All the above concerns often have to do with poor quality brake parts. In the late 1980s, the manufacturers had to stop using asbestos in any brake parts. Of course this was a good thing for the peoples' health, but the factories have had a hard time coming up with brake pads and shoes that stop vehicles without a lot of loud squeaking or rubbing sounds. I was working at two different dealerships at the time asbestos disappeared, and every other week we would get another shipment of brake pads or shoes that were supposed to "work". The point here is that it hasn't been easy for the some of the best engineers to develop a workable brake pad or shoe that stops without squeaking or grinding.
Every week when I explain to a customer what a diagnostic inspection has revealed about their vehicle and what needs to be replaced and/or repaired in order for the vehicle to run or operate properly, I always recommend factory quality parts in the estimate.
I don't do this because the business I work for makes more money on factory parts (or original equipment manufacturer -- "OEM," for short), because I get a potential bonus for selling these parts, or even because they save the customer money. In fact, using factory quality parts probably missing on all three counts, and selling a universal aftermarket parts probably would do all three. There are a couple of useful things customers should know about factory quality parts and auto repair.
We here at RepairPal have been receiving tons of feedback from you about the complexities that revolve around the automotive repair process. Many of you have commented on the difficulties involved with having to return to the shop several times to have a problem addressed, sometimes without a resolution. This often results in wasted time and money, and you may still have a vehicle with the original problem! What we at RepairPal will continue to do is to provide you with the tools necessary to increase your chances of resolving these difficult problems.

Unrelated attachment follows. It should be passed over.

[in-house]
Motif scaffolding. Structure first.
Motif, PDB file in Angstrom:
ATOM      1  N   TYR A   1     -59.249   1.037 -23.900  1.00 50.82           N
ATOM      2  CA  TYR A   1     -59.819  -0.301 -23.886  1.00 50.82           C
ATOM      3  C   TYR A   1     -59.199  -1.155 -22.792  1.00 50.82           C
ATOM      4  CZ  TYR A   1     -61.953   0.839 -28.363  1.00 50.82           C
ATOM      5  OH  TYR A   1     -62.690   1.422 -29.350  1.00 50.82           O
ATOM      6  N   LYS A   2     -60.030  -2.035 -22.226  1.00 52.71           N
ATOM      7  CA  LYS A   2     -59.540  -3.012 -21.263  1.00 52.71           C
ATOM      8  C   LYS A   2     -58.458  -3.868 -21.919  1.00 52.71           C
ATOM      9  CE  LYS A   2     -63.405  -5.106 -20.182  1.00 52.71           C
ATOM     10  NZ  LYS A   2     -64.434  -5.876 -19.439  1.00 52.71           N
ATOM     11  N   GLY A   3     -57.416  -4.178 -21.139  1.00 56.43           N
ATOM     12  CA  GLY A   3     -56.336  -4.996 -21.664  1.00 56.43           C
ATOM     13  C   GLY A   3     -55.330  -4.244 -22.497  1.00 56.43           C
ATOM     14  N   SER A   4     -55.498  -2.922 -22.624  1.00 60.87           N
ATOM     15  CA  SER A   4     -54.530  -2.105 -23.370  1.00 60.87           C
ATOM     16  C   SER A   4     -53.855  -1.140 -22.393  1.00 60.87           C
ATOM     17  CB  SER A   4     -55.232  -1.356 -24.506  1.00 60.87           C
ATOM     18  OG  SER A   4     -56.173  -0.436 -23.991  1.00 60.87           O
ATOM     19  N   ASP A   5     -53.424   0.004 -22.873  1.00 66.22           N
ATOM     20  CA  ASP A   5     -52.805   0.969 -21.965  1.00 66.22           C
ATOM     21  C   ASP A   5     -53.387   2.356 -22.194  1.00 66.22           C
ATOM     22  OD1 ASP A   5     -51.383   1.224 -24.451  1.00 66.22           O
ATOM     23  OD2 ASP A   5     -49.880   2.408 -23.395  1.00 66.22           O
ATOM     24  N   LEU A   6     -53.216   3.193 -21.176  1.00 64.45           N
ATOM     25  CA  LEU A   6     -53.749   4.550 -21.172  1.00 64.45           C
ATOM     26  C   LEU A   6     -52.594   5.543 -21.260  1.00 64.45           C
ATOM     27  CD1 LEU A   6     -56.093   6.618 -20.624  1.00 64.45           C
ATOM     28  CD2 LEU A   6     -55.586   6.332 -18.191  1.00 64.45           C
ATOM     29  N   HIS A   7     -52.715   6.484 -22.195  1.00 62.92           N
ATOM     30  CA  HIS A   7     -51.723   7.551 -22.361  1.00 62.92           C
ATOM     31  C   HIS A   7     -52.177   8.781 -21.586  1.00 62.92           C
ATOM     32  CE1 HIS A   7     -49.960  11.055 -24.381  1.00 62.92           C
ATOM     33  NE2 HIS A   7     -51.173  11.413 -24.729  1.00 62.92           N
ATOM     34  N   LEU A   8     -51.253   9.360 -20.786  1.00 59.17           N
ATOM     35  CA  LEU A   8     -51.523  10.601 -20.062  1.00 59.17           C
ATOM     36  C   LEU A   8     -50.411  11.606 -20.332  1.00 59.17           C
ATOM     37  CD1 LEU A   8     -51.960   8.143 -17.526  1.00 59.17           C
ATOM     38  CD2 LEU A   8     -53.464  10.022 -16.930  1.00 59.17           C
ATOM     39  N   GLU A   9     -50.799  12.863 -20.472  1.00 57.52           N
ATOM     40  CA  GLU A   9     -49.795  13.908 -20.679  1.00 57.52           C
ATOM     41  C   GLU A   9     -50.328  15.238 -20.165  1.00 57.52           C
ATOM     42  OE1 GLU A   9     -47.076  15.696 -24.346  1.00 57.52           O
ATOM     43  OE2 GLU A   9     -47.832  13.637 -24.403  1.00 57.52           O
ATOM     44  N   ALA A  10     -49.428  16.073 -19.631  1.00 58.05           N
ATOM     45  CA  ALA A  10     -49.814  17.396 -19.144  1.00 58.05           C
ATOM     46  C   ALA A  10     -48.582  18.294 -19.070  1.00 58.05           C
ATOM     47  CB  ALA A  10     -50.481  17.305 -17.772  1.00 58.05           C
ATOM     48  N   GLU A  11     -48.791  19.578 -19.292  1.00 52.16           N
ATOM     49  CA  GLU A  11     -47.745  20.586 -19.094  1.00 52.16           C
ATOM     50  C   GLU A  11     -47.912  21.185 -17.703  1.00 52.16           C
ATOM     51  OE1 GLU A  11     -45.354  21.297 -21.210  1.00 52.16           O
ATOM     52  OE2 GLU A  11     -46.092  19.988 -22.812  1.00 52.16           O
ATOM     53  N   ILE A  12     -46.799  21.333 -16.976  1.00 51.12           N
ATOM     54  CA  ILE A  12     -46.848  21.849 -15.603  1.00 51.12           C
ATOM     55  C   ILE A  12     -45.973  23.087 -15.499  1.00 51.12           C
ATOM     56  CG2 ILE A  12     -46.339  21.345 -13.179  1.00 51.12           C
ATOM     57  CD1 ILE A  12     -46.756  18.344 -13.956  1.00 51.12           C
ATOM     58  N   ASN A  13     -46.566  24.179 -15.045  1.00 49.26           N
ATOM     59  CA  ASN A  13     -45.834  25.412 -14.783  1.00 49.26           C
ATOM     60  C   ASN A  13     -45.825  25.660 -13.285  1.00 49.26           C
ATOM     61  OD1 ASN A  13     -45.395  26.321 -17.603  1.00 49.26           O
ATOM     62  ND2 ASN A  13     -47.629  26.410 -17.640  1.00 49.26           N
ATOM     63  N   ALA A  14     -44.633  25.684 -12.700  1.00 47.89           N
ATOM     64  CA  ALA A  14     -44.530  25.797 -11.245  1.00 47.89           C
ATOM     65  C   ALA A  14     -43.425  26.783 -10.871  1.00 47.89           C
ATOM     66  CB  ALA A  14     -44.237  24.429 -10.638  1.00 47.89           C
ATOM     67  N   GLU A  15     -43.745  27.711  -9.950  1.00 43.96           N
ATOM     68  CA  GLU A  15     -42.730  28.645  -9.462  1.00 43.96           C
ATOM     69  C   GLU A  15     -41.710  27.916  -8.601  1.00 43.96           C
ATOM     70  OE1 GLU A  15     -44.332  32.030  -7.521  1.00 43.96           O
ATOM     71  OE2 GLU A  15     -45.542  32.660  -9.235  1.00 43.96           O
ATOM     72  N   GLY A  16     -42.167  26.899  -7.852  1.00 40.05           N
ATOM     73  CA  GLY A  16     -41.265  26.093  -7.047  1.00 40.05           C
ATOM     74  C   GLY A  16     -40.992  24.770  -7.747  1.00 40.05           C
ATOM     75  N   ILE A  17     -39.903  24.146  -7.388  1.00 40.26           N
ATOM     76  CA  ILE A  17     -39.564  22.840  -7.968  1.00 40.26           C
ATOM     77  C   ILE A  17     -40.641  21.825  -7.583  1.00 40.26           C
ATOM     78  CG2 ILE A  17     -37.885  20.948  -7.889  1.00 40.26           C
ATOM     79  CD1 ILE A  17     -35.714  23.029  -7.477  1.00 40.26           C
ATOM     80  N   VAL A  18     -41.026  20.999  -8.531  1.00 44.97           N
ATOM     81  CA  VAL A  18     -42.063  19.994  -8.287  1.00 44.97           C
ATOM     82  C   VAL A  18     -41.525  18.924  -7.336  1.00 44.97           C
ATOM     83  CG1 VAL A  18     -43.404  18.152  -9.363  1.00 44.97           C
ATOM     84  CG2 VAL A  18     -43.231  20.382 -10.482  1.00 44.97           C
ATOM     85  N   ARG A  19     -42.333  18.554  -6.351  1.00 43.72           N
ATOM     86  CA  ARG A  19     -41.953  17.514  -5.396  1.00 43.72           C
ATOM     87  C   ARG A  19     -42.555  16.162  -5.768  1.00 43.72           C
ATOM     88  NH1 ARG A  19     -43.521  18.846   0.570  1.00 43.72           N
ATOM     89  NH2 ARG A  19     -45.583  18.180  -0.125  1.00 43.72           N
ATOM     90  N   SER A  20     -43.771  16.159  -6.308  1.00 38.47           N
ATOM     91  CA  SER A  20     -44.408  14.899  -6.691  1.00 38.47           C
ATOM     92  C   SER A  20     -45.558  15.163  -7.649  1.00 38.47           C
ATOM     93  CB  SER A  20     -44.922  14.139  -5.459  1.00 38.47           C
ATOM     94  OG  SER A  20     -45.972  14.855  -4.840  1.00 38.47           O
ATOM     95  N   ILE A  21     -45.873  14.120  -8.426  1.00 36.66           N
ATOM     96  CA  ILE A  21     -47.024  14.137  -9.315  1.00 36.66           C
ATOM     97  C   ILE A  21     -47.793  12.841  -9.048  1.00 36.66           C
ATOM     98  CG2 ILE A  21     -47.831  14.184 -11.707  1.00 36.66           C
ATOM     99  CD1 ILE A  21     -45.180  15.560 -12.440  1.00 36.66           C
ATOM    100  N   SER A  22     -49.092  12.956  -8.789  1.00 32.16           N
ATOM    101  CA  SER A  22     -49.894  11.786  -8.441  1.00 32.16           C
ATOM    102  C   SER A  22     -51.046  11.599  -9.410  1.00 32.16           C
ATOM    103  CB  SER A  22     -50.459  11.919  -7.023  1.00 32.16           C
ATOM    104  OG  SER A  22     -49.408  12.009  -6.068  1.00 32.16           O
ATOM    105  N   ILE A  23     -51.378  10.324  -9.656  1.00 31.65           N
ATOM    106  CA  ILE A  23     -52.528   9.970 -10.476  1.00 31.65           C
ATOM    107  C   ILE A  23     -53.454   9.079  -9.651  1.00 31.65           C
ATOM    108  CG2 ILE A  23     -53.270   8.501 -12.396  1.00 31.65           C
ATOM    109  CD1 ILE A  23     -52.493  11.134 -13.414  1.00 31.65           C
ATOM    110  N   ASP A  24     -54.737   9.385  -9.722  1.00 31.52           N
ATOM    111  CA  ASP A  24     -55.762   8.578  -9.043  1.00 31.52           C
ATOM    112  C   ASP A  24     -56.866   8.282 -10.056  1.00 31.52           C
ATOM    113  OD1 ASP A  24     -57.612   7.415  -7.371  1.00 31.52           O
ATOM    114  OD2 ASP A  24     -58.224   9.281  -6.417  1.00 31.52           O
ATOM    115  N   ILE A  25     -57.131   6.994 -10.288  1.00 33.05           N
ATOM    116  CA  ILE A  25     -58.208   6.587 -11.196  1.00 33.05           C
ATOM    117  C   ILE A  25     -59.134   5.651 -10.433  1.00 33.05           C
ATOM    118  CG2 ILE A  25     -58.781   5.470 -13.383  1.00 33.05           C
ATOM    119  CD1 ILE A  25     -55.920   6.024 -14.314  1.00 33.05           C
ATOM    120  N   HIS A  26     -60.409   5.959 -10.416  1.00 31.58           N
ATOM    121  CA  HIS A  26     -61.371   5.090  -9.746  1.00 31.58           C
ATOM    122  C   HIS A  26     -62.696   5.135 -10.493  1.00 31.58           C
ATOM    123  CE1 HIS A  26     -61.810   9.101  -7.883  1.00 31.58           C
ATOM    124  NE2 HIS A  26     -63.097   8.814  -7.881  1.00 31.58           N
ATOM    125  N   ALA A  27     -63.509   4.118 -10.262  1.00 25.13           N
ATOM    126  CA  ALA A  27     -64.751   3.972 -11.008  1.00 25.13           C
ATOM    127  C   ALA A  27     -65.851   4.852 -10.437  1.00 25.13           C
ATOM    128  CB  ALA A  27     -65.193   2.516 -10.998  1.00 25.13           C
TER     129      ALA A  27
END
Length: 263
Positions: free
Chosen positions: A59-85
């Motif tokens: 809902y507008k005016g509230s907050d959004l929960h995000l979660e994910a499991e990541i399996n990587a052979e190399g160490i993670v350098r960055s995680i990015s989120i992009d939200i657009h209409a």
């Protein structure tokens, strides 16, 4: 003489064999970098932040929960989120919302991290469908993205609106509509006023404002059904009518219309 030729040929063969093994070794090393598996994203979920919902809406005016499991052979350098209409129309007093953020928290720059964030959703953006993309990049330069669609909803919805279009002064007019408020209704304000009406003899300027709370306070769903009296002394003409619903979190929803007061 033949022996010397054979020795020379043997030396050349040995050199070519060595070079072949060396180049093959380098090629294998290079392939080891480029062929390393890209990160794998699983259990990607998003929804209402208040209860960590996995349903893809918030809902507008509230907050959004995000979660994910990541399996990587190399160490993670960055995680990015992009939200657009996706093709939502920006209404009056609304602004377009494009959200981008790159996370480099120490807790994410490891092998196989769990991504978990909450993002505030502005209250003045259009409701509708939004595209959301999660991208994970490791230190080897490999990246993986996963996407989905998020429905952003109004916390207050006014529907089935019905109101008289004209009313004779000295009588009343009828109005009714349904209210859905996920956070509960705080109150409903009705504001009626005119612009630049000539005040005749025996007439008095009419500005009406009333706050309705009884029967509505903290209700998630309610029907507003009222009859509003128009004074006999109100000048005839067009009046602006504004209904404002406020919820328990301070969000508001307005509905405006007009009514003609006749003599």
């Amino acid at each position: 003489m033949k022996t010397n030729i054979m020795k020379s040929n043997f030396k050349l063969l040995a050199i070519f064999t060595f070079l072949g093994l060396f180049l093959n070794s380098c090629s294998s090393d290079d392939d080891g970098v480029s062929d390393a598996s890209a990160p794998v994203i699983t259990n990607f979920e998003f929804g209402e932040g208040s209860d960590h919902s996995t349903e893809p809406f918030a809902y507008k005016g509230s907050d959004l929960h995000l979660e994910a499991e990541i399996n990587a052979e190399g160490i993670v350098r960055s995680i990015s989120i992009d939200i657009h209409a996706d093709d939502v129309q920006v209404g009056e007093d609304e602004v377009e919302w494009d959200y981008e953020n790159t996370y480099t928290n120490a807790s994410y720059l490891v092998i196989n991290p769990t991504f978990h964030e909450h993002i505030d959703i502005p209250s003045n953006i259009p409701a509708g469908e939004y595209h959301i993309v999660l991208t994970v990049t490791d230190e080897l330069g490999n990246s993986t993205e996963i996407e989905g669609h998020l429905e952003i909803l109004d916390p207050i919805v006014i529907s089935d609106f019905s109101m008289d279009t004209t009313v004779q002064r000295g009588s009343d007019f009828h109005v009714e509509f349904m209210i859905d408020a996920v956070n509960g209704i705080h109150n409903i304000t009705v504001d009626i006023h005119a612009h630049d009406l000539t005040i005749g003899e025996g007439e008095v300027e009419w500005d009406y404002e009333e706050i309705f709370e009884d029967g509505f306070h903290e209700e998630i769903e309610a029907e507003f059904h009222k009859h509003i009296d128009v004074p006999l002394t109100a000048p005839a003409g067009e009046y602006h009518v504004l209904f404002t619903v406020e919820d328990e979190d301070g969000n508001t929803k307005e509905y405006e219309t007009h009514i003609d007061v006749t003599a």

While there are many automotive repair shops that strive to "Fix it Right the First Time", this is not always an easy task. Providing the service advisor, and thus the mechanic working on the car with the appropriate information is a major step toward resolving vehicle problems. One of the tools we will be providing over the coming months are questionnaire sheets that will ask you, the person experiencing the problem, about the symptoms related to the problem. When you can provide this valuable information from the start, your chances of a speedy, less costly resolution are greatly increased.
There is a stunning statistic that was related to me at a recent Emissions Tech 2009 update class. Nationwide, over 60% of all the Catalytic Converters replaced in order for a vehicle to pass an emissions test are failing less than six months later--in fact, the catalytic converters are failing so severely that six months later, the new CAT and vehicle will again fail the emissions test. This means that the vehicle is back to inefficient performance and wasting fuel, based on what is being released from the tailpipe. How could a perfectly good CAT go bad so fast?
The answer is that the 'root cause' of the emissions problem was never addressed. The Catalytic Converter was replaced to 'mask' the real problem. When a vehicle is new, it barely needs a CAT in order to run 'clean' other than during warm-up or when it is under a heavy load. As the engine management components, i.e., the spark plugs, wires, coil(s), air and fuel filter, injectors, oxygen sensor(s), EGR system wear and get dirty with carbon, the performance efficiency of the engine degrades drastically. This why the 'Check Engine Light' was created. It's a signal that the engine is running poorly and one or more systems have reached their maximum level of compensation or have even failed.